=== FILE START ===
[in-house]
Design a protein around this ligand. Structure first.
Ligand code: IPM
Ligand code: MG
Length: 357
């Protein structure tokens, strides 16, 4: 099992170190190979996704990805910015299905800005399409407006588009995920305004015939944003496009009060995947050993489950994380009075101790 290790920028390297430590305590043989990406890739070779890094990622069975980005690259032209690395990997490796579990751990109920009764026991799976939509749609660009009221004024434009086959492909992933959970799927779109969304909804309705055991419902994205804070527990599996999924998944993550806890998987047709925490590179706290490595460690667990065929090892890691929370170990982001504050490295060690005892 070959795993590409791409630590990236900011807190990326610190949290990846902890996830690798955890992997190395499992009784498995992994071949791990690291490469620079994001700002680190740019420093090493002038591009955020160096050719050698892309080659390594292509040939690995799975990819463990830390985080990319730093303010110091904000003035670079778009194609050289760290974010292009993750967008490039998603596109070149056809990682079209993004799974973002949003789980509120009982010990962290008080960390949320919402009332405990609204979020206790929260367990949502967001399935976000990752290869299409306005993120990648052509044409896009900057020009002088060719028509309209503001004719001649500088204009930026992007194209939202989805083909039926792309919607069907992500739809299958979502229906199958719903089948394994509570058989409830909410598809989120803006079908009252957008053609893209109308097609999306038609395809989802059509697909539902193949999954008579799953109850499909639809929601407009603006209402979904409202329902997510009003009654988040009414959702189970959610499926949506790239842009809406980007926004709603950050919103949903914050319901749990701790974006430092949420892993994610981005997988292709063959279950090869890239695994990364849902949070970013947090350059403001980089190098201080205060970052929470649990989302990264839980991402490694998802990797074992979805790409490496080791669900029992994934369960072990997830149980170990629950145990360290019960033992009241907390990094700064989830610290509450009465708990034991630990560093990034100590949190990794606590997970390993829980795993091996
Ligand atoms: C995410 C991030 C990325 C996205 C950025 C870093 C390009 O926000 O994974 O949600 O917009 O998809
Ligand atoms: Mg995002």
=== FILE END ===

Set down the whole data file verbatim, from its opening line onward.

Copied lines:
[in-house]
Design a protein around this ligand. Structure first.
Ligand code: IPM
Ligand code: MG
Length: 357
């Protein structure tokens, strides 16, 4: 099992170190190979996704990805910015299905800005399409407006588009995920305004015939944003496009009060995947050993489950994380009075101790 290790920028390297430590305590043989990406890739070779890094990622069975980005690259032209690395990997490796579990751990109920009764026991799976939509749609660009009221004024434009086959492909992933959970799927779109969304909804309705055991419902994205804070527990599996999924998944993550806890998987047709925490590179706290490595460690667990065929090892890691929370170990982001504050490295060690005892 070959795993590409791409630590990236900011807190990326610190949290990846902890996830690798955890992997190395499992009784498995992994071949791990690291490469620079994001700002680190740019420093090493002038591009955020160096050719050698892309080659390594292509040939690995799975990819463990830390985080990319730093303010110091904000003035670079778009194609050289760290974010292009993750967008490039998603596109070149056809990682079209993004799974973002949003789980509120009982010990962290008080960390949320919402009332405990609204979020206790929260367990949502967001399935976000990752290869299409306005993120990648052509044409896009900057020009002088060719028509309209503001004719001649500088204009930026992007194209939202989805083909039926792309919607069907992500739809299958979502229906199958719903089948394994509570058989409830909410598809989120803006079908009252957008053609893209109308097609999306038609395809989802059509697909539902193949999954008579799953109850499909639809929601407009603006209402979904409202329902997510009003009654988040009414959702189970959610499926949506790239842009809406980007926004709603950050919103949903914050319901749990701790974006430092949420892993994610981005997988292709063959279950090869890239695994990364849902949070970013947090350059403001980089190098201080205060970052929470649990989302990264839980991402490694998802990797074992979805790409490496080791669900029992994934369960072990997830149980170990629950145990360290019960033992009241907390990094700064989830610290509450009465708990034991630990560093990034100590949190990794606590997970390993829980795993091996
Ligand atoms: C995410 C991030 C990325 C996205 C950025 C870093 C390009 O926000 O994974 O949600 O917009 O998809
Ligand atoms: Mg995002």